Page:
The State and Local Energy Efficiency Action Network (SEE Action) recently released a Guide to Successful Implementation of State Combined Heat and Power Policies that informs state utility regulators, energy officials, and other state policymakers with actionable information to assist them in implementing key state policies that impact combined heat and power (CHP), such as:
Design of standby rates
Interconnection standards for CHP with no electricity export
Excess power sales
Clean energy portfolio standards (CEPS)
Emerging market opportunities -- CHP in critical infrastructure and utility participation in CHP markets.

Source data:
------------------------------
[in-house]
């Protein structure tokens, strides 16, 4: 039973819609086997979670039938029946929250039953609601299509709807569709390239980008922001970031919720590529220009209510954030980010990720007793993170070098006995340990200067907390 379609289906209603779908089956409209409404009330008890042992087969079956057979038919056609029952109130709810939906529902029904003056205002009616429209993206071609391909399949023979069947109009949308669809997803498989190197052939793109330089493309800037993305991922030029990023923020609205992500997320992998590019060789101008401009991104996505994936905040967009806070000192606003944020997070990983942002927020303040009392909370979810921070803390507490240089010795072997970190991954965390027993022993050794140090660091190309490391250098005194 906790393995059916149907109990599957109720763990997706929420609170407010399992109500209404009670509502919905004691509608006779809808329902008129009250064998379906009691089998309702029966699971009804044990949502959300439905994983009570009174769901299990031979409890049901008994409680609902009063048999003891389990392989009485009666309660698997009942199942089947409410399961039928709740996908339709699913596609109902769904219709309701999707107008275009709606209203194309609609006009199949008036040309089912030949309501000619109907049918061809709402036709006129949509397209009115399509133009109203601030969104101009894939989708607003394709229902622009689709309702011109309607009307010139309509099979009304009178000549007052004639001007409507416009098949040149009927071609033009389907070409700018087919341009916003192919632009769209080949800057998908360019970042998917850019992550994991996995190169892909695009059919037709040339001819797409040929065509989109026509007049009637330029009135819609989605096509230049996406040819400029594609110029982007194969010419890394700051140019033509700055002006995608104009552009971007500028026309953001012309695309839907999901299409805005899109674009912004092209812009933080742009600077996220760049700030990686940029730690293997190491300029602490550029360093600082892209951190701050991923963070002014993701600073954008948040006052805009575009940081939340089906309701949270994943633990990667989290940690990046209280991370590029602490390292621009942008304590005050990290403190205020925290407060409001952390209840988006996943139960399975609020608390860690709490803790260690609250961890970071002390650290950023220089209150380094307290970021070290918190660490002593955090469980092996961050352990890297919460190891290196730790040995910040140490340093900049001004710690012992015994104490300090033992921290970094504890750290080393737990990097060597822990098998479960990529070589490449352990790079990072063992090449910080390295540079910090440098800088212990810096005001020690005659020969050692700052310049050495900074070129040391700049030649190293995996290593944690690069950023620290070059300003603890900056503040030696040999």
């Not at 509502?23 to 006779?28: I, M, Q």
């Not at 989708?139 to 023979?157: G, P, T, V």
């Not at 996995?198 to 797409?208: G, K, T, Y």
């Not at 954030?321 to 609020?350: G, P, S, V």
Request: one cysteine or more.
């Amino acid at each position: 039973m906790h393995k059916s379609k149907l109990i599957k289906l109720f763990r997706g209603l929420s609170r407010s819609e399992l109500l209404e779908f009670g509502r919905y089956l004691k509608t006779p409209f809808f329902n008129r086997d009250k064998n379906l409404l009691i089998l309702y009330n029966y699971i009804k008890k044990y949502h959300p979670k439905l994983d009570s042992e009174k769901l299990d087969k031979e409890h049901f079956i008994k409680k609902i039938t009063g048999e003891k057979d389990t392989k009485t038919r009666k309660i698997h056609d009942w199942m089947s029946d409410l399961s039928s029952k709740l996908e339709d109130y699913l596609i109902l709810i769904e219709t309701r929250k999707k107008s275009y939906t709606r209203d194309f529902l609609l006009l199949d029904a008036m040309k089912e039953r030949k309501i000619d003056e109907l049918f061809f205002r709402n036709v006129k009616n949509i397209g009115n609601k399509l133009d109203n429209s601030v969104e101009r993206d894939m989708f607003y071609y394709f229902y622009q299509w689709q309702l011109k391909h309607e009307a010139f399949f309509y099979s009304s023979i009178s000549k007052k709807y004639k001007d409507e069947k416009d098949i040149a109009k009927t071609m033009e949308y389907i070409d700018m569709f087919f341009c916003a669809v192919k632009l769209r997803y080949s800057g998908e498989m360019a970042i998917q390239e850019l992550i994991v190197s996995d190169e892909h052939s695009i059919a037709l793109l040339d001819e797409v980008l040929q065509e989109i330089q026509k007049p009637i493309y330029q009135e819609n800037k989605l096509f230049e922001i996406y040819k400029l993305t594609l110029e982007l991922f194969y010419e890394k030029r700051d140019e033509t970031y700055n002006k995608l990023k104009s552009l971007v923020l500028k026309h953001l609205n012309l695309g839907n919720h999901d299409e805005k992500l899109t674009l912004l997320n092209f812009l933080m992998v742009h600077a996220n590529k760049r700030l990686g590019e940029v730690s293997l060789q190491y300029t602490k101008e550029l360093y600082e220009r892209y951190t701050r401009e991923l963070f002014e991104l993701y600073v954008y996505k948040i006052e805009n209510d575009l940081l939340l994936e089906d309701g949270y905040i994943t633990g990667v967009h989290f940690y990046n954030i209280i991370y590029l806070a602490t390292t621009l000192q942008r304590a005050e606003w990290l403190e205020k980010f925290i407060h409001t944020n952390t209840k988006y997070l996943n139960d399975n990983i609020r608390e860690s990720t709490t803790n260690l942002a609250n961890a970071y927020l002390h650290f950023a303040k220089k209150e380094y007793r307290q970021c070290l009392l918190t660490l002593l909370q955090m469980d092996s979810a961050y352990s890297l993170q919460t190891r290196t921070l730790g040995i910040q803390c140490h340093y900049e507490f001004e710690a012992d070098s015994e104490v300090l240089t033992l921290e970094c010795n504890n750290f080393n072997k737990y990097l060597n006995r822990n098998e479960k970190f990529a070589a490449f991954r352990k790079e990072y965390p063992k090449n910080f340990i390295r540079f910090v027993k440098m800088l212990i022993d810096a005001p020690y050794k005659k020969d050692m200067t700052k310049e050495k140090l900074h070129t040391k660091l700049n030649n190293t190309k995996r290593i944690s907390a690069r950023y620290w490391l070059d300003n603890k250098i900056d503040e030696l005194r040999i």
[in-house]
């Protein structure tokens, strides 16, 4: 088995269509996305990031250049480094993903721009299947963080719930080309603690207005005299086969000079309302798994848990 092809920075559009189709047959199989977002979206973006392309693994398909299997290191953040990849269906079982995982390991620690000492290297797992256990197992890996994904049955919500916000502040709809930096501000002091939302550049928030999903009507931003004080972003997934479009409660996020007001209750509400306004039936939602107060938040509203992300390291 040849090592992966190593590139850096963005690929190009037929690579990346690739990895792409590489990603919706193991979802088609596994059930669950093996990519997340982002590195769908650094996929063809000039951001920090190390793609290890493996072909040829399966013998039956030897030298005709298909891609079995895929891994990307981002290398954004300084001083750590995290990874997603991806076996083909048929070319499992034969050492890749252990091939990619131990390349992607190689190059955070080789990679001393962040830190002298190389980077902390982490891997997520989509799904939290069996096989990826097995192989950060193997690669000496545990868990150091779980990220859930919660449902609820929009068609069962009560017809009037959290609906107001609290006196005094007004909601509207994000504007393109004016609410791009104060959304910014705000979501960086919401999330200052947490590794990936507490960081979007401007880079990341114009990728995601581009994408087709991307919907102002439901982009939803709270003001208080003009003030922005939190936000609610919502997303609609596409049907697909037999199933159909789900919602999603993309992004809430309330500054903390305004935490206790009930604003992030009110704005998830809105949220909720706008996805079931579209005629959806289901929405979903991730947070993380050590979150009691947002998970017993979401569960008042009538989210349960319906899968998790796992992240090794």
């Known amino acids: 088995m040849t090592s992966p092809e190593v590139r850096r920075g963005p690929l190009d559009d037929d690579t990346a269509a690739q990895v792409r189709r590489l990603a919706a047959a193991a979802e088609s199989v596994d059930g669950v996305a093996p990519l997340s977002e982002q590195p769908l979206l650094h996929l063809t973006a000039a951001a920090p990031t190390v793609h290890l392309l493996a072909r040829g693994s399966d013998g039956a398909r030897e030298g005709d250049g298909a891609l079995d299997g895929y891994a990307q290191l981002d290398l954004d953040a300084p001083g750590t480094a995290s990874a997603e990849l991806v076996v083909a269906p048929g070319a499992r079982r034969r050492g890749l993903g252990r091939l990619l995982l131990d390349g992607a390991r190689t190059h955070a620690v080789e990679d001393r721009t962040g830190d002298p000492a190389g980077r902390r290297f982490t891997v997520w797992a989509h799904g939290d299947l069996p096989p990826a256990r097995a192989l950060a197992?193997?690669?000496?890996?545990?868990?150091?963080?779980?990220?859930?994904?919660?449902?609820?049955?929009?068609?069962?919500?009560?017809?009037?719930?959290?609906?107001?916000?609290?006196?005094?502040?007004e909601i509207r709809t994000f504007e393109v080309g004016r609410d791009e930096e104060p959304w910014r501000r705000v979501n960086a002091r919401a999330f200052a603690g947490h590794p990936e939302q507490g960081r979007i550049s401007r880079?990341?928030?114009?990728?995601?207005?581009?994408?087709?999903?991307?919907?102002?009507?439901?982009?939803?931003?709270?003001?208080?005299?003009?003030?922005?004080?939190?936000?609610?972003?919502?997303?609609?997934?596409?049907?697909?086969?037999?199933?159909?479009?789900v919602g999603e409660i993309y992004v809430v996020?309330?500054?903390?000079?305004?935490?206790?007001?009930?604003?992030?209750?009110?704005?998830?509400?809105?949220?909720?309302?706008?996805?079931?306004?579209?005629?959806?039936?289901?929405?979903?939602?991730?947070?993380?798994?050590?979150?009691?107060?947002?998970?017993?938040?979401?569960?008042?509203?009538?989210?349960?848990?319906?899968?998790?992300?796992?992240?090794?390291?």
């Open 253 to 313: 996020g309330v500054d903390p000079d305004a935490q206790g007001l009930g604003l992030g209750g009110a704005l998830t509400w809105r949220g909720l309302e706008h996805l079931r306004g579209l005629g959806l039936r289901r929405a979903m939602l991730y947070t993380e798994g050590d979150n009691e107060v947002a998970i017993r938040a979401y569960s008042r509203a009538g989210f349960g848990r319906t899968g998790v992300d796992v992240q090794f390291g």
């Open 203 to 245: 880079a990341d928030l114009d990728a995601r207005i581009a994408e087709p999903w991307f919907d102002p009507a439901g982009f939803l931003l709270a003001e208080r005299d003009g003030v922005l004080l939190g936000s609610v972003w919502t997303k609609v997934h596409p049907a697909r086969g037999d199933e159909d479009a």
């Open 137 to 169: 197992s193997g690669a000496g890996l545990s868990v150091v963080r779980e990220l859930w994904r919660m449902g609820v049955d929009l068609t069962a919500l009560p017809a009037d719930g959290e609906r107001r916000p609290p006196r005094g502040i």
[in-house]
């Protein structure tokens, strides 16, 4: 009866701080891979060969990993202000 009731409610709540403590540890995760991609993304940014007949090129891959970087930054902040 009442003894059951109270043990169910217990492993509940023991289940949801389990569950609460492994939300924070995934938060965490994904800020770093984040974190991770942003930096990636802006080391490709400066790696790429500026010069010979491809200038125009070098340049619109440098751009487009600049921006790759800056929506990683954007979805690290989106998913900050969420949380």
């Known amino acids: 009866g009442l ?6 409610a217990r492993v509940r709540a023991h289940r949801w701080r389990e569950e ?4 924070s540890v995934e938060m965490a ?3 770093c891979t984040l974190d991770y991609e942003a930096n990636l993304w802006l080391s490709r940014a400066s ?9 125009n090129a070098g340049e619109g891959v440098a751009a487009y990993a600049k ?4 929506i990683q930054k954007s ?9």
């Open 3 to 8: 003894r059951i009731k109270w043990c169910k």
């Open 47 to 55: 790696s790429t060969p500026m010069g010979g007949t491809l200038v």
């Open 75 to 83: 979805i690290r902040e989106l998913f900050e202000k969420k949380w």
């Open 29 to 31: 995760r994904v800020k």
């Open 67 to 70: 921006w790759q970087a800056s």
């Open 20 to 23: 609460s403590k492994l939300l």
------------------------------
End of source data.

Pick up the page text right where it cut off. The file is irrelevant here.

Achieving greater use of CHP is consistent with President Obama’s Executive Order 13626 -- Accelerating Investment in Industrial Energy Efficiency, which calls for 40 gigawatts (GW) of new, cost-effective CHP by 2020. CHP can provide significant energy efficiency and environmental advantages over separate heat and power. By being more efficient, less fuel is consumed and greenhouse gases (GHGs) and other emissions are reduced. Properly designed CHP can bolster the grid, provide security benefits, and potentially support intermittent renewable energy sources.
The guide was developed by SEE Action's Industrial Energy Efficiency and Combined Heat and Power Working Group and the Driving Ratepayer-Funded Efficiency through Regulatory Policies Working Group. NASEO provided extensive written comments on the SEE Action document to help elevate CHP issues of particular importance to State Energy Offices and their private sector partners.
SEE Action is a state and local working group overseen by the U.S. Department of Energy. To learn more, click here, or contact Network Coordinator Johanna Zetterberg for more information.